All assessments for the study were conducted in a standardized clinic setting to minimize distractions. The examiners were blinded to maternal and child mercury concentrations.
Our selection of potential confounders was guided by other research studies [16, 18, 30]. We included variables as potential confounders that were associated with both mercury exposure and behavior changes in children but were not known to be on the causal pathway. Fish intake, a source of methylmercury exposure as well as nutrients that are beneficial for brain development, can be an important confounder of the effect of mercury on child behavior [5, 31]. At the baseline visit (about 20 week of gestation), we asked the mothers about fish or shellfish consumption during pregnancy from the estimated date of conception until the survey was taken. We categorized the frequency of reported fish intake as: none, < once per month, 1 to 3 times per month, and > once per week.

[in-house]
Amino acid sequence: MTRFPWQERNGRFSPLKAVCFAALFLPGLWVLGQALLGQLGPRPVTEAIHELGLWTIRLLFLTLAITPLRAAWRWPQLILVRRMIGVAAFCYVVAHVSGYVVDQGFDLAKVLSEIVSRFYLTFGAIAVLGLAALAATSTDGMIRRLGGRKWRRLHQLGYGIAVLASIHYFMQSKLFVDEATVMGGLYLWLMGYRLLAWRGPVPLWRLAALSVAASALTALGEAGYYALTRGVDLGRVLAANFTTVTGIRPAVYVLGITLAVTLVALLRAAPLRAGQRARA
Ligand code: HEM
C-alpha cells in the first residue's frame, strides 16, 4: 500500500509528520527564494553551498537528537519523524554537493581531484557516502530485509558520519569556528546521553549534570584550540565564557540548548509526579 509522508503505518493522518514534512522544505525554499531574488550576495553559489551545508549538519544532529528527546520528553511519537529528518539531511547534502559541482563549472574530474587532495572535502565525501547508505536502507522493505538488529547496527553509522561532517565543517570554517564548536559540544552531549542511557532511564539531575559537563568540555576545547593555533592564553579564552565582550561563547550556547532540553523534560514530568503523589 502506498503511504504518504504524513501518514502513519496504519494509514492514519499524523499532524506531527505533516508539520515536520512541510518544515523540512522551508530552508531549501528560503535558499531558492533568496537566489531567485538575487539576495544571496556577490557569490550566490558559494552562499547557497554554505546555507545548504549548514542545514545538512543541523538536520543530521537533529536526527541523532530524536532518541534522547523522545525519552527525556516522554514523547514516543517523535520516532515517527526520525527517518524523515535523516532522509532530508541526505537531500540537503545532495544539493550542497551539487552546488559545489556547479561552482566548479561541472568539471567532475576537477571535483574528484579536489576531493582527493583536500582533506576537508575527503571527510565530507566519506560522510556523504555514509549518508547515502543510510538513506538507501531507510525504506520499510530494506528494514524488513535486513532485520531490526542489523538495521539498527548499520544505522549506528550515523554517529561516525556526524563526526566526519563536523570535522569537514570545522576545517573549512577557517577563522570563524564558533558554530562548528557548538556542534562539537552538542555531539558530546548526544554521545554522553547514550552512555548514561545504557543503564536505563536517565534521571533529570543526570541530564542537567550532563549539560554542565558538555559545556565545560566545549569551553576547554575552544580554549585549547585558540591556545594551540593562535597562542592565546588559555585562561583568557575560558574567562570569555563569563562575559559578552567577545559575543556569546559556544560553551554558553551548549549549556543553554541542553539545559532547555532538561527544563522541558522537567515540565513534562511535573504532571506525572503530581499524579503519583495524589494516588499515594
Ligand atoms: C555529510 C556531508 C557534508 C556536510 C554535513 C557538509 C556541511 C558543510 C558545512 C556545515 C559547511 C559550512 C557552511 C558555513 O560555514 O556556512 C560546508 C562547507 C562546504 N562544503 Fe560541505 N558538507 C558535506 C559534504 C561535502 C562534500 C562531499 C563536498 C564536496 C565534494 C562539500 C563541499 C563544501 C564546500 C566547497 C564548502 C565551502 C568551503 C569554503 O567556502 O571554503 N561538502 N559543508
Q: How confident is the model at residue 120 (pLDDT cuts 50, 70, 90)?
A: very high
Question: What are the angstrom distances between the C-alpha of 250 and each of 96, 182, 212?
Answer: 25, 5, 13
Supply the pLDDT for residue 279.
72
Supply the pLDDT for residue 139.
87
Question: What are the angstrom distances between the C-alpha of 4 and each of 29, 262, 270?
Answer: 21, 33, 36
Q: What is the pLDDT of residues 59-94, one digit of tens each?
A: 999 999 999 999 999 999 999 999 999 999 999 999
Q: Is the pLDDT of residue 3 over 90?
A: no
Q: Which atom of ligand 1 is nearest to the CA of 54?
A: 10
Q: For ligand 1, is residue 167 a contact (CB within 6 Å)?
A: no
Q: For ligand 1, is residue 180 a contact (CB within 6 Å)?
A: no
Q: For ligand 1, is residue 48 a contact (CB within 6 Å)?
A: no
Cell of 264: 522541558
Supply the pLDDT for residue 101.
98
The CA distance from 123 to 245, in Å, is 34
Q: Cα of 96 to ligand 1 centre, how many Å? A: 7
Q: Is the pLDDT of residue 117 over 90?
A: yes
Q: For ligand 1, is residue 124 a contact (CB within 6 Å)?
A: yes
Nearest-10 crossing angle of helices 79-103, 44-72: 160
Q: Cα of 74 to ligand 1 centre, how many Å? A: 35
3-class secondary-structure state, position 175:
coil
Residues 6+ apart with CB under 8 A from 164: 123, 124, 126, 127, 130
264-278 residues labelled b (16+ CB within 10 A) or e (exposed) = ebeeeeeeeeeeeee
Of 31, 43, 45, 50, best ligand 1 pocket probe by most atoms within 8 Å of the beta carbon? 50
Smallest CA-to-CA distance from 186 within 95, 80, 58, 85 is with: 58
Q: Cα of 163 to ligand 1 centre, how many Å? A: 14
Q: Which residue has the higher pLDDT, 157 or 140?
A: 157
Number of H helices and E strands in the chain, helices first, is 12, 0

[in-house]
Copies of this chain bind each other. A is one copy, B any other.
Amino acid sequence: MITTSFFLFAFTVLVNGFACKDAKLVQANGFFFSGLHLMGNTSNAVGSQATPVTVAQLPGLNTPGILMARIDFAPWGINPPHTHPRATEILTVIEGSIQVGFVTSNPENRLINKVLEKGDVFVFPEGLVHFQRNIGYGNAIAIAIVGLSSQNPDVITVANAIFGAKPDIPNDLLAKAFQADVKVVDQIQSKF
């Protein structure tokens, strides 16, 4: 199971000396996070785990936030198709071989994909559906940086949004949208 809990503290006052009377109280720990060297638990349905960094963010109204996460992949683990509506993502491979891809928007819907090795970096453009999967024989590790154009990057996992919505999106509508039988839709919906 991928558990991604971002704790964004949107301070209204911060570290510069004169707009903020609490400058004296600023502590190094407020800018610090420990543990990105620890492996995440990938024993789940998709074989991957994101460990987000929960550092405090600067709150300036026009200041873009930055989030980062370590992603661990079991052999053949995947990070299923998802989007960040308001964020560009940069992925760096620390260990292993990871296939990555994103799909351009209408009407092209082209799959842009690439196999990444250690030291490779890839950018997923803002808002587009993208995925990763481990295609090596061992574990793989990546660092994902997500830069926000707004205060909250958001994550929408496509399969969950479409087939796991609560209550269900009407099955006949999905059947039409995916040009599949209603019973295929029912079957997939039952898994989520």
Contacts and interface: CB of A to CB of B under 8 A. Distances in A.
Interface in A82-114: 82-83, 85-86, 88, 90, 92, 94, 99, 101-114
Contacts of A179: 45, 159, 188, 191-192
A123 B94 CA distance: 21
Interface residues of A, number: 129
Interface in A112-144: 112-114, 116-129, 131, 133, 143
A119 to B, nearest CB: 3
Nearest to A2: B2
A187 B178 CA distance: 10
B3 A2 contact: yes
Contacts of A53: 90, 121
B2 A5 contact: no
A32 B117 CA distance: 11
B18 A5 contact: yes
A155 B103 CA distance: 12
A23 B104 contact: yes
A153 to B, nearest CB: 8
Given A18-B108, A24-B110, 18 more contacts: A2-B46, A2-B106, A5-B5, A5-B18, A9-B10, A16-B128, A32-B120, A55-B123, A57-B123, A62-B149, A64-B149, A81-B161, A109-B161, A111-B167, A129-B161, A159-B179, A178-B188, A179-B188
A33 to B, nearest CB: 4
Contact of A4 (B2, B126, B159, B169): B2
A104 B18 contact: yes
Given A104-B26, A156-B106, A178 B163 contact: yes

We examined other variables as potential confounders, including maternal age at delivery (≤30 years and > 30 years), maternal ethnicity (white and nonwhite), annual household income (≤ $40,000 and > $40,000), maternal education (completed and not completed bachelor’s degree), marital status (married/living with partner and unmarried/living alone), and child sex. Maternal age at delivery and annual household income were categorized based on the frequency distribution of the variables. We also adjusted for the caregiving environment using the Home Observation for Measurement of the Environment (HOME) Inventory conducted during a 12-month home visit . We categorized HOME Inventory scores as < 40 and ≥ 40 based on the distribution of the scores. We also measured maternal depression using the second edition of the Beck Depression Inventory (BDI-II) at 20 weeks of gestation . We further classified the scores as minimally depressed (BDI-II score ≤ 13) and greater than minimally depressed (BDI-II score > 13). In addition, we examined whether children’s blood lead and mercury concentrations, and maternal pregnancy concentrations of serum cotinine, polychlorinated biphenyls (PCBs), urinary bisphenol A (BPA) were confounders or effect modifiers of the associations between prenatal mercury concentrations and child behavior.